Photo Walks Improve Your Creativity

A good ol’photo walk is a brilliant way of peacefully and patiently learning about your camera in spontaneous moments. So we decided to try one out and explore the benefits.

We didn’t go out with any particular agenda, destination, expectations or end goals. This was is all just an experiment to challenge ourselves to see how creative we can be with our cameras.

If you’re looking for a new project to try out with your camera but you are really hitting a creative block, then going on a photo walk could be a good game to play around with.

Hopefully, we’re going to get inspired by our location and capture some images that are different from normal shots. You can do this one alone or team up with your photography friends and challenge each other to see who comes out best.

Rules for a Photo Walk

We didn’t take a lot of camera equipment – just a simple mirrorless camera and the standard kit lens. No extra lighting, flashes or gadgets. We allowed ourselves to take a little tripod but otherwise any other props we want to use had to be found at our location.

Firstly, where should you go on your photo walk? Well simply get yourself a little map of your local area and choose a random spot to visit to make this game completely unplanned.

OK, is your kit bag ready?

Have you chosen your location?

Got your walking boots on?

Time to get outdoors and start discovering…

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What to Look for on Your Walk

Secondly, whilst out on your photo walk there are a number of aspects technically and otherwise that you should look for. This method of thinking will, over time, improve your creative foresight. 

Here is a list of our favourites and a visual example of each.

Contrasting Textures

sand rocks stones contrasting textures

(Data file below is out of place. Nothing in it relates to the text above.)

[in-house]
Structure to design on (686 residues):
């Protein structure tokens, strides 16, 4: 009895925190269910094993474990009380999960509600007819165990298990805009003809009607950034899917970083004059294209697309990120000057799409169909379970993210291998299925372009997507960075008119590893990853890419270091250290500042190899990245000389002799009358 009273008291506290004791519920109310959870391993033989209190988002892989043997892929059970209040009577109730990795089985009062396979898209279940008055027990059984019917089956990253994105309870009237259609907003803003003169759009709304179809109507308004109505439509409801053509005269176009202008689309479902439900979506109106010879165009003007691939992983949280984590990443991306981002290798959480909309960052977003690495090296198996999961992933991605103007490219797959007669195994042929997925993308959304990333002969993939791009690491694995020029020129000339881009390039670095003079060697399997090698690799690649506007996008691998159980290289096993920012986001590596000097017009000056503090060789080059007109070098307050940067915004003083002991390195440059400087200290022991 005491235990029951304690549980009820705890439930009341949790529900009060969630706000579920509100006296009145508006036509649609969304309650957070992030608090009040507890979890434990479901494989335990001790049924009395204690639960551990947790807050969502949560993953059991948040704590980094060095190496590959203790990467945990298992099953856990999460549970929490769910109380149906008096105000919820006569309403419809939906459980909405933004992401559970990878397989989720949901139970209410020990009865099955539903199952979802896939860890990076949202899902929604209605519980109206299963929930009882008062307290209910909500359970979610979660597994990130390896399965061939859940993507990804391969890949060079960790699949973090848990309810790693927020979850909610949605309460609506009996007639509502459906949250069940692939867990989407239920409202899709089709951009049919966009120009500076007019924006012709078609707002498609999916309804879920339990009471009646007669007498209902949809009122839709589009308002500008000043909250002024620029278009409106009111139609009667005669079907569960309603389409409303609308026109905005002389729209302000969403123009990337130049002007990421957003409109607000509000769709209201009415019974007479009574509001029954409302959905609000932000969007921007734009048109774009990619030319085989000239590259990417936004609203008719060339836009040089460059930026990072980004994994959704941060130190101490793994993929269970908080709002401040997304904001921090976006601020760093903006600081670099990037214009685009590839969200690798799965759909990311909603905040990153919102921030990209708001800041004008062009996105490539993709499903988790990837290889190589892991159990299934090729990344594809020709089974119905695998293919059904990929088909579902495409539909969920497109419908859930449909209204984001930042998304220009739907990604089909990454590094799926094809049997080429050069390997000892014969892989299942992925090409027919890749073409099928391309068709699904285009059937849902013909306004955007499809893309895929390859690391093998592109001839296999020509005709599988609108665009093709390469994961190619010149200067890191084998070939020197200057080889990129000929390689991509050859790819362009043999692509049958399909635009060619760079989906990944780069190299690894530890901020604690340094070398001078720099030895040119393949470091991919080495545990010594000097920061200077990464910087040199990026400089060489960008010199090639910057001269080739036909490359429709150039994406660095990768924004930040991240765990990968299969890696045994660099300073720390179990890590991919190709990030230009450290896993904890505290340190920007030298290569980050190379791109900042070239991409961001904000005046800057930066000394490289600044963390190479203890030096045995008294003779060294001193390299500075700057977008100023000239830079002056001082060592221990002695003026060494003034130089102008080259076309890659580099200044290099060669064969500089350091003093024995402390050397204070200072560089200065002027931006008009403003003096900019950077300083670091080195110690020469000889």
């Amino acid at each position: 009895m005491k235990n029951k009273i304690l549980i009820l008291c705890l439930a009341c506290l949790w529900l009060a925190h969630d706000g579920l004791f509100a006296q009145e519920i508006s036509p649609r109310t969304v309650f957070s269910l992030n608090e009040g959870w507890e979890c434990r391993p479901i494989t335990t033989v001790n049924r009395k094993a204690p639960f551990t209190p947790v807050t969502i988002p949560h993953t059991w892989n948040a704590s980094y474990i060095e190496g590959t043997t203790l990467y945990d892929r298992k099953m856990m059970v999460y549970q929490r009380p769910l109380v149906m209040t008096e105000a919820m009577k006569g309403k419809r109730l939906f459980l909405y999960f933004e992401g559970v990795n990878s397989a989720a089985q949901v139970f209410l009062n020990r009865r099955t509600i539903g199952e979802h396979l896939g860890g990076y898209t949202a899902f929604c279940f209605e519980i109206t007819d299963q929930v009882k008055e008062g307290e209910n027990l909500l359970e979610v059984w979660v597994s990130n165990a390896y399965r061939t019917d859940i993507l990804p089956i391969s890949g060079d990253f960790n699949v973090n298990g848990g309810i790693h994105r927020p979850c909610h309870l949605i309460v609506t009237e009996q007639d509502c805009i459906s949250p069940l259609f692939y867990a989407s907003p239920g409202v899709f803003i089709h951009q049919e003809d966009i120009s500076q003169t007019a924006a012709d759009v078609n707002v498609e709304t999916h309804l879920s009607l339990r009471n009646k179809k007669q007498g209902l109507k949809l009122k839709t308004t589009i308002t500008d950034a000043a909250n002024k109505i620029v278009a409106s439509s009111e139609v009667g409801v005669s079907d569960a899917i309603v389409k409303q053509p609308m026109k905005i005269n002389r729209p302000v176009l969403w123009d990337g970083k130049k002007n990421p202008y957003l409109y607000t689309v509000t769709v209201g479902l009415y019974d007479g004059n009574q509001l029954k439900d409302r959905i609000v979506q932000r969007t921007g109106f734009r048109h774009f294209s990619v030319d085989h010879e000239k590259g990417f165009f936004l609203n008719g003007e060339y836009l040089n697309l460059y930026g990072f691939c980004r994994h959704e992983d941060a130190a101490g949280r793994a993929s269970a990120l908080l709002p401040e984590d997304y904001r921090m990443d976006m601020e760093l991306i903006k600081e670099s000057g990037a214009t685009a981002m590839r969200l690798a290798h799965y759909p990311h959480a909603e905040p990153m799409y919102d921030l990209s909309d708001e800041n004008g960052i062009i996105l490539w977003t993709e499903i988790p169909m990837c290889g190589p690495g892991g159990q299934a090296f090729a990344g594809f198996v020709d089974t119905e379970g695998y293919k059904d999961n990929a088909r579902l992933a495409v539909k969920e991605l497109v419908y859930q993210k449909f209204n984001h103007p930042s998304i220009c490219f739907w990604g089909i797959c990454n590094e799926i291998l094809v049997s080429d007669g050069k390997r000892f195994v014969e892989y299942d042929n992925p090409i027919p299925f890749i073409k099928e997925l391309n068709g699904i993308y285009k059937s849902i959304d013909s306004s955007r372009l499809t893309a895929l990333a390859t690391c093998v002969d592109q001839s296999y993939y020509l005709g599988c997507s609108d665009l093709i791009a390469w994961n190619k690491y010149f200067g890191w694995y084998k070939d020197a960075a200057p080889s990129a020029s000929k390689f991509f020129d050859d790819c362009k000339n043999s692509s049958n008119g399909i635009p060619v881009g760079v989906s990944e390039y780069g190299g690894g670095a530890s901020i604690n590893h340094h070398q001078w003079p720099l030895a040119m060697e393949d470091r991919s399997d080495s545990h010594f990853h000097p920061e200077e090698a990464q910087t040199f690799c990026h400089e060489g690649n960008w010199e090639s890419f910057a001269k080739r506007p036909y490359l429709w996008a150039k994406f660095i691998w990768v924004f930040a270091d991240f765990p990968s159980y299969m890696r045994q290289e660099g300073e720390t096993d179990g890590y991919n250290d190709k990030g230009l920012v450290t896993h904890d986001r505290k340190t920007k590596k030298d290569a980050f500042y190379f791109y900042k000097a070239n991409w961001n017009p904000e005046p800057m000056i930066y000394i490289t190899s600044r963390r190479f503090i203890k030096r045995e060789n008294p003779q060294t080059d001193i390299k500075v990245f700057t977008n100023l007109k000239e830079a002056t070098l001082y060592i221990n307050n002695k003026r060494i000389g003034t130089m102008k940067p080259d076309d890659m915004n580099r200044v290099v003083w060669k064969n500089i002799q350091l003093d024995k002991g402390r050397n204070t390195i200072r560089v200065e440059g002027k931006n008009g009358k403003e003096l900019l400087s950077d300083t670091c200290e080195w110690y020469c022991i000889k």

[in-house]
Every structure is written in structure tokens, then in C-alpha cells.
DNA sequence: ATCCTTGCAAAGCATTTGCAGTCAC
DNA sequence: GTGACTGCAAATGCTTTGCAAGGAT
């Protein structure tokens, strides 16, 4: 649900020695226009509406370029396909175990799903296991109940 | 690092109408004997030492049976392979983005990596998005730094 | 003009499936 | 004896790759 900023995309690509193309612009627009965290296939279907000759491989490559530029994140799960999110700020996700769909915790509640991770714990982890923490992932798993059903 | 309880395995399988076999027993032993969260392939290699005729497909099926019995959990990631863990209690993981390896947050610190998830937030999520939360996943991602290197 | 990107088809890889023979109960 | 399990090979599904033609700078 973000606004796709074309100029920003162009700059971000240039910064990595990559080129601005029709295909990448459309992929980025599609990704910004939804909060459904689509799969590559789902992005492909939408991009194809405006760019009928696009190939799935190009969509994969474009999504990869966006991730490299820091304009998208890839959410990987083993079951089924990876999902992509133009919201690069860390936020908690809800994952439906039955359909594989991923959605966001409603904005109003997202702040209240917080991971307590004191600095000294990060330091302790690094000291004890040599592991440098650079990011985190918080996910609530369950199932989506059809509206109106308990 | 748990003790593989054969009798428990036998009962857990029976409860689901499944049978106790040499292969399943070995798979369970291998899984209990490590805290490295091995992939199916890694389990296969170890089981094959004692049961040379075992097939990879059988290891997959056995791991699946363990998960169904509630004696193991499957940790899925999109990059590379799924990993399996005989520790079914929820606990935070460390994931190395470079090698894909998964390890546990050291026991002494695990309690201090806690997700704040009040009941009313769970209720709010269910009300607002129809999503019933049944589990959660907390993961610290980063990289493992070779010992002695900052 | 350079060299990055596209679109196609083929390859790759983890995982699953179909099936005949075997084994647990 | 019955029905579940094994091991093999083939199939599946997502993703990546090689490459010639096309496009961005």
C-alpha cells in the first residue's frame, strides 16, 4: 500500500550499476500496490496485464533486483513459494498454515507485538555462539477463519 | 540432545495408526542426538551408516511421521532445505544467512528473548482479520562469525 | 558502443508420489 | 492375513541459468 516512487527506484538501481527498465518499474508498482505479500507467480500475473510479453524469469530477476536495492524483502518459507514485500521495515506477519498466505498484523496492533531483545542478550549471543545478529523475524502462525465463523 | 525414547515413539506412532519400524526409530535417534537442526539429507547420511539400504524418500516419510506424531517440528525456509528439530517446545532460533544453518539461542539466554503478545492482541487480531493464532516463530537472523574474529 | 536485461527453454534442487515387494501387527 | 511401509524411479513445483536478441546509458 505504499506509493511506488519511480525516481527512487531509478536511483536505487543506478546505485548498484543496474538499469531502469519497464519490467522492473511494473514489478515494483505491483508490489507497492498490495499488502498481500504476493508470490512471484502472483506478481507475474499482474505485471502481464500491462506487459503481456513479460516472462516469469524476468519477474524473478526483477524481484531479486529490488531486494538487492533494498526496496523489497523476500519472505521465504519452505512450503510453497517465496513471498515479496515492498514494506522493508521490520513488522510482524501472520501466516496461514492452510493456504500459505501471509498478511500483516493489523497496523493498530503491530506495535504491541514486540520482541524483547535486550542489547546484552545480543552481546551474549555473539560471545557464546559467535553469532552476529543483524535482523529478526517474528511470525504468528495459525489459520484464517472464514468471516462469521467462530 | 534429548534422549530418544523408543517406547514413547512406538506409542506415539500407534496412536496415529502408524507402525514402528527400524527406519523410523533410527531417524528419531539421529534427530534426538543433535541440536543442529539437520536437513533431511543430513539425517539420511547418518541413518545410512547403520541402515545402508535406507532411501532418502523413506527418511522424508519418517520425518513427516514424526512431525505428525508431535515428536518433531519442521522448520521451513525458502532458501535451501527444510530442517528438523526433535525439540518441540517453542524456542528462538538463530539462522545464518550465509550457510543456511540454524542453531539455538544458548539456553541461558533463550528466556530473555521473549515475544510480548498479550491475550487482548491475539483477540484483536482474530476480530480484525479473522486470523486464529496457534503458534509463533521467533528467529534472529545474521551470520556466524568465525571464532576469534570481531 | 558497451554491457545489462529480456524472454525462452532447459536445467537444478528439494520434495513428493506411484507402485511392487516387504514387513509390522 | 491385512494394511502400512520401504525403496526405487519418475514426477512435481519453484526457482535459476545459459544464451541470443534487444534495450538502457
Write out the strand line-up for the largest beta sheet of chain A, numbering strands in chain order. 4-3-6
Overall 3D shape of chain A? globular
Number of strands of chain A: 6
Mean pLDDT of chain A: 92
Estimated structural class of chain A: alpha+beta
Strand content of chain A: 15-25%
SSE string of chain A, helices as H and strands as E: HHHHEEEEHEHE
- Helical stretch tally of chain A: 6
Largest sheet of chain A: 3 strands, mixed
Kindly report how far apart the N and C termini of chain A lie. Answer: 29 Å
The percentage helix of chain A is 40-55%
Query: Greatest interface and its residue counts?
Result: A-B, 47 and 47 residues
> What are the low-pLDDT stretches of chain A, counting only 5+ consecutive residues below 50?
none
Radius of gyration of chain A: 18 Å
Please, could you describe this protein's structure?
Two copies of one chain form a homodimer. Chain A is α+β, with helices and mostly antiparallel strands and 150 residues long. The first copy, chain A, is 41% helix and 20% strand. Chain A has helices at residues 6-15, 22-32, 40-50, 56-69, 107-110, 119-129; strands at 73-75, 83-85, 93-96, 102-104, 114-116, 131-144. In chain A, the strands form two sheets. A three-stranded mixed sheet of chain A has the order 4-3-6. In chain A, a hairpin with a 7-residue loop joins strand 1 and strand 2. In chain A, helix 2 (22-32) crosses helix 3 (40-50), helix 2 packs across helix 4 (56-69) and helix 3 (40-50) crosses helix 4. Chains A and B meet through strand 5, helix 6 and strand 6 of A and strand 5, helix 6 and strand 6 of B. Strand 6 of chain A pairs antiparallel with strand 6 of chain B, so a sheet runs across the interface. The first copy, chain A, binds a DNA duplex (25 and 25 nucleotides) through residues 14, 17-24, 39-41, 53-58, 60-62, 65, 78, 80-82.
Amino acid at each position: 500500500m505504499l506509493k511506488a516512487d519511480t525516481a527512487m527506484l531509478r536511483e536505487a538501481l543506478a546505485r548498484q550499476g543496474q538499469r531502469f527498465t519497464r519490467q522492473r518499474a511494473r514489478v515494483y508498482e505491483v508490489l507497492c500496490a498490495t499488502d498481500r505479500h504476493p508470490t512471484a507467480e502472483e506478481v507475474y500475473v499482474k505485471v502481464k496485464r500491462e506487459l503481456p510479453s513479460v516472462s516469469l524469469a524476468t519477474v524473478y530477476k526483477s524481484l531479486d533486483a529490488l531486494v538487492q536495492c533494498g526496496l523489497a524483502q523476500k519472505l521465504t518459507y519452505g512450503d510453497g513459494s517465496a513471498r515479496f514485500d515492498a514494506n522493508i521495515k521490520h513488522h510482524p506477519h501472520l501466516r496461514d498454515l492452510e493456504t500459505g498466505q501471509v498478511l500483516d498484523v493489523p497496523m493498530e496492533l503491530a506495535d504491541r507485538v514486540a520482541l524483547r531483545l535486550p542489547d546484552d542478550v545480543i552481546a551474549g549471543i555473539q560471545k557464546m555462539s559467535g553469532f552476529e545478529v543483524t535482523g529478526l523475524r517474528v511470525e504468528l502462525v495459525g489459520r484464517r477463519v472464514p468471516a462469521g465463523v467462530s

Converging Lines

converging lines, castle, arrows, composition, landscape

Patterns 

green nature patterns flowers macro photo walk

Leading Lines

leading lines, roads, highway, landscape, green, tarmac, photo walk

Out of Place Objects

swan ducks water pond out of place

Strong Colours

purple flower on the water green lilypad, photo walk

Summary

If you’ve been out on any photo walks recently or if you’re planning one then get in touch too. We’d really like to know how it all goes for you. Are you setting yourself any limitations? What are you hoping to achieve out of it too? It’s really good to know if there is anything we’re missing out on so we can always improve our suggestions for you in the future.

If you’ve had a nice virtual walk with us today and you want to know more about iPhotography and how to get started on your own photography adventure.

And don’t forget if you want to be one of the first to see more of our iPhotography blogs and videos, then make sure you’re subscribed and turn on that notification icon to our YouTube channel.

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The other challenge when shooting through glass is the tinting. Unfortunately, architects and designers didn’t think about us photographers when creating these skyscrapers.

Their windows are invariably tinted in some way to help with heating.

This means that some of your photos may have a green/grey tint to them.

It’s not the biggest issue as you can rebalance this tint in editing with the ‘tint’ slider for example.